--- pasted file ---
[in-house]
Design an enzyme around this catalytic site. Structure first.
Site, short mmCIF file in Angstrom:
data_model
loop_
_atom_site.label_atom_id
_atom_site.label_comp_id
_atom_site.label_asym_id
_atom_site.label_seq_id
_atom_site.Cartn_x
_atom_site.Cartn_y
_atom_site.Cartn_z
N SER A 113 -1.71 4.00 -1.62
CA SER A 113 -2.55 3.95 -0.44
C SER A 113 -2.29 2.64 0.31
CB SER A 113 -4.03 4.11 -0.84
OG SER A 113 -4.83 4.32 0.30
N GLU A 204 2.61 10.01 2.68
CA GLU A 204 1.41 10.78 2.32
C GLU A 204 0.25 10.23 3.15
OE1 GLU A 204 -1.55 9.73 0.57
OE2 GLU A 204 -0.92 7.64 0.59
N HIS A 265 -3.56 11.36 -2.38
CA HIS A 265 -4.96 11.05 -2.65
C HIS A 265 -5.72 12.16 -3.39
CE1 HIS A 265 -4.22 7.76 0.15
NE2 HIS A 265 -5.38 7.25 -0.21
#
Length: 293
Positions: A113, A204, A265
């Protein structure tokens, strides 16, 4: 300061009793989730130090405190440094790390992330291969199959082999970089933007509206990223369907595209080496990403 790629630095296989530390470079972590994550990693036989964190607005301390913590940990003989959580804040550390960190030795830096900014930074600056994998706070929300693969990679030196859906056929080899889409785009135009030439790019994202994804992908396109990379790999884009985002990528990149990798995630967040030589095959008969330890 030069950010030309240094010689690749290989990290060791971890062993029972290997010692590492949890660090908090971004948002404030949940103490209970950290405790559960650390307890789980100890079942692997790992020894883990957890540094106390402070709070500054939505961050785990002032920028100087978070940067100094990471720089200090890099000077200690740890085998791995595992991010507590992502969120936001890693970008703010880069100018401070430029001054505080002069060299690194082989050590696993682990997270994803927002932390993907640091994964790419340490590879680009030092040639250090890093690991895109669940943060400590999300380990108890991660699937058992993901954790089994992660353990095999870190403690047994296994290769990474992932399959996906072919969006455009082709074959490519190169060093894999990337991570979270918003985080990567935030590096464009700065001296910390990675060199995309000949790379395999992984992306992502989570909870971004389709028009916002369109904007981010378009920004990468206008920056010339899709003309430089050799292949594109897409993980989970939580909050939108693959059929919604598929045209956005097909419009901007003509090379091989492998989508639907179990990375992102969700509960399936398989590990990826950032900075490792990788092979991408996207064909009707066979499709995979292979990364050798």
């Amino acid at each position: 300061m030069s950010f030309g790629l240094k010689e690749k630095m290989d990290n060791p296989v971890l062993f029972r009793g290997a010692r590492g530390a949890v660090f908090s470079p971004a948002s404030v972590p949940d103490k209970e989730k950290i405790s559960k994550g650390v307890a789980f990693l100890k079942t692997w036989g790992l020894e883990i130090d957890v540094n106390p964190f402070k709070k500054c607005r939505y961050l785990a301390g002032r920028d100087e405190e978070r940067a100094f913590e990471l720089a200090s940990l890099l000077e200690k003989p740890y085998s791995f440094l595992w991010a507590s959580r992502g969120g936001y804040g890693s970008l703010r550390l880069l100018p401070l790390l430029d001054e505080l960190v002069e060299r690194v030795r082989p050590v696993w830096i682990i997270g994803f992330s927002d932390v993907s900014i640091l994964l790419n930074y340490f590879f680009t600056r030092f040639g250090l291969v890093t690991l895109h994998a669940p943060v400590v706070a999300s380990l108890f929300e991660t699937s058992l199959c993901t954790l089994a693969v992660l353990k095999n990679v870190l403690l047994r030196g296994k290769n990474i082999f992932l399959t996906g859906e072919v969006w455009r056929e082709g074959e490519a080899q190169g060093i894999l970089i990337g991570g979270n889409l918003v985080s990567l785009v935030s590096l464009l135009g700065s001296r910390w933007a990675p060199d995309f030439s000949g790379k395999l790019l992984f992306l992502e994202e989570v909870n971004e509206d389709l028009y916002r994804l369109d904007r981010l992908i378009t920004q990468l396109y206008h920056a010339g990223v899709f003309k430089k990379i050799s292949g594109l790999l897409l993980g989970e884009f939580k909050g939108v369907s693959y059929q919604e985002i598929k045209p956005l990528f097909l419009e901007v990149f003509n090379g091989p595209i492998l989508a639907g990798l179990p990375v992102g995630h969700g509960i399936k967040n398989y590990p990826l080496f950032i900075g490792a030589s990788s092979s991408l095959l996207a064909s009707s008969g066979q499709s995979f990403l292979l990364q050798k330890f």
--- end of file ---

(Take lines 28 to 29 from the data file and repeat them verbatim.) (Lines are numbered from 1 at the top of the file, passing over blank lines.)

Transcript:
#
Length: 293